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Is Shopify (TSX:SHOP) Actually a Defensive Stock?

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This heart-wrenching market has become a non-stop rollercoaster ride for investors. The non-stop up and down action can make you sick to your stomach as your hard-earned gains get flushed down the toilet. I have to admit, I thought the one sector that would fall would be the high tech stocks, as their sky-high valuations seemed to be screaming for a rapid setback.

Well, that was definitely not the case. Tech stocks performed better than utilities in these adverse market conditions. Internet giants like (NASDAQ:AMZN) barely budged, far outperforming the market.

I suppose it makes sense in a way, given the fact that the economy is basically running on the internet at this point with everyone locked inside their homes.

What about Canadian tech?

I’ve made it no secret that I have been bearish on Shopify Inc. (TSX:SHOP)(NYSE:SHOP) for a long time. While its valuation is sky-high, it doesn’t really generate any money, and it too may someday be impacted by a general recession. 

That said, the stock has pulled back to become relatively less expensive than it was previously. It also benefits from the fact that the company focuses on small, online retailers. With everyone locked in their houses, internet-based retailers have a serious advantage.

Before this all started, Shopify posted significant growth numbers. Its 2019 full-year revenue grew by 47% year-over-year. Gross profit 45% year-over-year, signally substantial income potential in the future.

The company is also becoming a global powerhouse, launching 13 additional native-language sites in multiple countries. Fully 29% of its sites now operate outside of its core regions, indicating significant growth ahead when the smoke from the global slowdown clears.

The problem

The big issue facing this company will be the impact of constricted trade routes. For many businesses, their products are sourced out of other countries like China and Vietnam.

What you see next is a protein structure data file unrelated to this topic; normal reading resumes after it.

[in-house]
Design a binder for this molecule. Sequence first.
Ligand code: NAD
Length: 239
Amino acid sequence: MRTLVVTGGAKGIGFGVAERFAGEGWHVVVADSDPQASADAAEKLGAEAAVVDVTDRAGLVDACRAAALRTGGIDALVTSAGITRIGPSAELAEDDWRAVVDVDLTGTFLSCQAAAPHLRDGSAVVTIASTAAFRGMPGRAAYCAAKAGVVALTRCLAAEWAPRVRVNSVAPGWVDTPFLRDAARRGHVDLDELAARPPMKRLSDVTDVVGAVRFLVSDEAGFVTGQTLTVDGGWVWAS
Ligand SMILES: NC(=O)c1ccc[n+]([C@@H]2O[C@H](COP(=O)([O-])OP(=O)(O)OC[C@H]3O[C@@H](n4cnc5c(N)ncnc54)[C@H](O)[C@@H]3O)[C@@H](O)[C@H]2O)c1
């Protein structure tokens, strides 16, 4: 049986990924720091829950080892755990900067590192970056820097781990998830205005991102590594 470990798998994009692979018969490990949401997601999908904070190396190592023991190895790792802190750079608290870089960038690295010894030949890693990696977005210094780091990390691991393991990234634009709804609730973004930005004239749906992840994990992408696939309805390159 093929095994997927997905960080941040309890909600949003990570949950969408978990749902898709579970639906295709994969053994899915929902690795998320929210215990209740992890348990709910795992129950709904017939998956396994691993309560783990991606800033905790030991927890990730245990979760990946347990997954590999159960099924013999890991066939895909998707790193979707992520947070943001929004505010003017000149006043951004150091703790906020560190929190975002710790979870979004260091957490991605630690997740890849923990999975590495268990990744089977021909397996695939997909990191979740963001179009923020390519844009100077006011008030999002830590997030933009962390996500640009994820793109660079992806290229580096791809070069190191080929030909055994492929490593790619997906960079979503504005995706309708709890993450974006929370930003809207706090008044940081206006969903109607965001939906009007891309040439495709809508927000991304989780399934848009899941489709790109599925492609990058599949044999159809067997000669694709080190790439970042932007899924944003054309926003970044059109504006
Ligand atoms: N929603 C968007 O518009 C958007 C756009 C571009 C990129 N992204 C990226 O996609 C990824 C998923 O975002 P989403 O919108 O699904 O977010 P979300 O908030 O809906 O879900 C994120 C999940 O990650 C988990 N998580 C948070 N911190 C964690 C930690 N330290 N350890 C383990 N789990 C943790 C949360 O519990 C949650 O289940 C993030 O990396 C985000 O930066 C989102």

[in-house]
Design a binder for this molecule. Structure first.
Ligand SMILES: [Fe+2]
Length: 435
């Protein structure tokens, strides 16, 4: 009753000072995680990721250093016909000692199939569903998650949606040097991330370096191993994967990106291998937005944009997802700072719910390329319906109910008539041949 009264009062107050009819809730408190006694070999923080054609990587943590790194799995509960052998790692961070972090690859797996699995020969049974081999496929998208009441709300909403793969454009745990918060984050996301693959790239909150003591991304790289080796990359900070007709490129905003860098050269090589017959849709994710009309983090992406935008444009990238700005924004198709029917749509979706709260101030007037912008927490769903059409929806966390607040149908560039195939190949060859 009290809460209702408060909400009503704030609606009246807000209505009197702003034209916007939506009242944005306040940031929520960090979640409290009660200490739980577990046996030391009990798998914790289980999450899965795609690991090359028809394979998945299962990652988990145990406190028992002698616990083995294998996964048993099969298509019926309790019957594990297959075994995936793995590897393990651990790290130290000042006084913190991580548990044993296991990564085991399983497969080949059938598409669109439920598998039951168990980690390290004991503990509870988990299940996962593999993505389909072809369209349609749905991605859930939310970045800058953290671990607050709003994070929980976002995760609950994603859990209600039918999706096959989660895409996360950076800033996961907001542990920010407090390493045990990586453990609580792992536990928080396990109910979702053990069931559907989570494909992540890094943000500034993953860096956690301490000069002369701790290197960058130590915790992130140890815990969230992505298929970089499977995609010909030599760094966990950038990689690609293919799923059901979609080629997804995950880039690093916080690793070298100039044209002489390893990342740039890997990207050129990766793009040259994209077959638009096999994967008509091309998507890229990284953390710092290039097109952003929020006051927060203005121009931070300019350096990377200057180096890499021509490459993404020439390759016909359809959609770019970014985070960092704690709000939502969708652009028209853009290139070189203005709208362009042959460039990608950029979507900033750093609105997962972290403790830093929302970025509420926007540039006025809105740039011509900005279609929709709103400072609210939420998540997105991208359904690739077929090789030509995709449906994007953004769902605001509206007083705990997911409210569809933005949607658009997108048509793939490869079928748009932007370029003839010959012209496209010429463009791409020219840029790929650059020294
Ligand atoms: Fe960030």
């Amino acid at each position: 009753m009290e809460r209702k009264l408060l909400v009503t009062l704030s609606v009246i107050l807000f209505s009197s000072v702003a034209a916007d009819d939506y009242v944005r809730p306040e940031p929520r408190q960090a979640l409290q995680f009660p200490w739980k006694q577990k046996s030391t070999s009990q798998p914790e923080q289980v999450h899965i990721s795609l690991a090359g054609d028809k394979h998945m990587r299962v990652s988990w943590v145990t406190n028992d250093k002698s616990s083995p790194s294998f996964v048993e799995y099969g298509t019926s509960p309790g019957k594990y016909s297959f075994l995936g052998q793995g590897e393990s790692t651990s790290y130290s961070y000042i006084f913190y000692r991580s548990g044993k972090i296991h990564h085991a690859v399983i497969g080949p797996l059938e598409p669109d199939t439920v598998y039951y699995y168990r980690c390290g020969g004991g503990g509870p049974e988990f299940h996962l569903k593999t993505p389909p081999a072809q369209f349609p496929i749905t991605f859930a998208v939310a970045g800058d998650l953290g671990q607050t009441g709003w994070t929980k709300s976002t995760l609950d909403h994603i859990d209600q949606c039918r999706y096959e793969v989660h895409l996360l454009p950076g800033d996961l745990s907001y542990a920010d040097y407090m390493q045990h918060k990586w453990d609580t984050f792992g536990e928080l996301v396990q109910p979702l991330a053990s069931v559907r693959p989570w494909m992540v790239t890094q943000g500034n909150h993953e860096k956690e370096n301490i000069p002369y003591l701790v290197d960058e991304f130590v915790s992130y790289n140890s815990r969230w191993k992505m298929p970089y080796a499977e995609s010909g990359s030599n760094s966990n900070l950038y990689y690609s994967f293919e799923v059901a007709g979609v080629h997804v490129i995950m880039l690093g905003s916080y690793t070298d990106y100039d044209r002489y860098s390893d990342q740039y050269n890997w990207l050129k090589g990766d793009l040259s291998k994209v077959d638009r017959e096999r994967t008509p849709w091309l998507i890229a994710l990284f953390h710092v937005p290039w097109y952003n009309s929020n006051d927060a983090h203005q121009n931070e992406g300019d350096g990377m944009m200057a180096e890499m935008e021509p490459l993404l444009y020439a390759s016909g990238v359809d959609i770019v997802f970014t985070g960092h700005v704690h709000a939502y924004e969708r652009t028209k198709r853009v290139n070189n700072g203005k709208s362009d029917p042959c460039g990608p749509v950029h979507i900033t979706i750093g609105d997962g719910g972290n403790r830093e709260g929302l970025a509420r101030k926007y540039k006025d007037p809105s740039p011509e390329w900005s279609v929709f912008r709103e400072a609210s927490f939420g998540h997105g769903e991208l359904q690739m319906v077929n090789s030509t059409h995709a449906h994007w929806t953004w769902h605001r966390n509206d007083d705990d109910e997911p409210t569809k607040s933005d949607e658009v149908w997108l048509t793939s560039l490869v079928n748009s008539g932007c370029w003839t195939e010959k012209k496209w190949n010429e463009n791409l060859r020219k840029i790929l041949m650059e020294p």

Factories in China, for example, are only starting to get back up and running again. If there is a resurgence of the coronavirus that forces them to shut down once again, the delays may be extended.

The positive side

There are likely many small businesses that sell virtual products and services whose online presence may be unaffected by the supply chain disruptions. Their stores may remain open, leaving a profitable revenue stream for Shopify.

The bottom line

Nevertheless, I think that a forward-thinking market would bet on the eventual slowdown in spending a recession might bring. In that scenario, shopping would slow down for everyone since there would, quite frankly, not be a lot of money to spend. Even Amazon can’t make money if no one is buying.

This company is making fantastic progress, which could speak volumes in the future when all the global turmoil is behind us. Its online focus should partially shield it from the economic shock which has hit many industries.

Shopify is still an expensive stock, though, and could face a major setback if the global economic outlook is worse than expected. While it’s not a defensive stock by any means, this situation is not as damaging to the company as it is to other companies with a physical presence.

If you want to buy an entry position, now could be a time to begin to build a position. Just don’t get carried away thinking the stock will never fall.

This article represents the opinion of the writer, who may disagree with the “official” recommendation position of a Motley Fool premium service or advisor. We’re Motley! Questioning an investing thesis — even one of our own — helps us all think critically about investing and make decisions that help us become smarter, happier, and richer, so we sometimes publish articles that may not be in line with recommendations, rankings or other content.

John Mackey, CEO of Whole Foods Market, an Amazon subsidiary, is a member of The Motley Fool’s board of directors. Fool contributor Kris Knutson owns shares of Amazon. David Gardner owns shares of Amazon. Tom Gardner owns shares of Shopify. The Motley Fool owns shares of and recommends Amazon, Shopify, and Shopify and recommends the following options: short January 2022 $1940 calls on Amazon and long January 2022 $1920 calls on Amazon.

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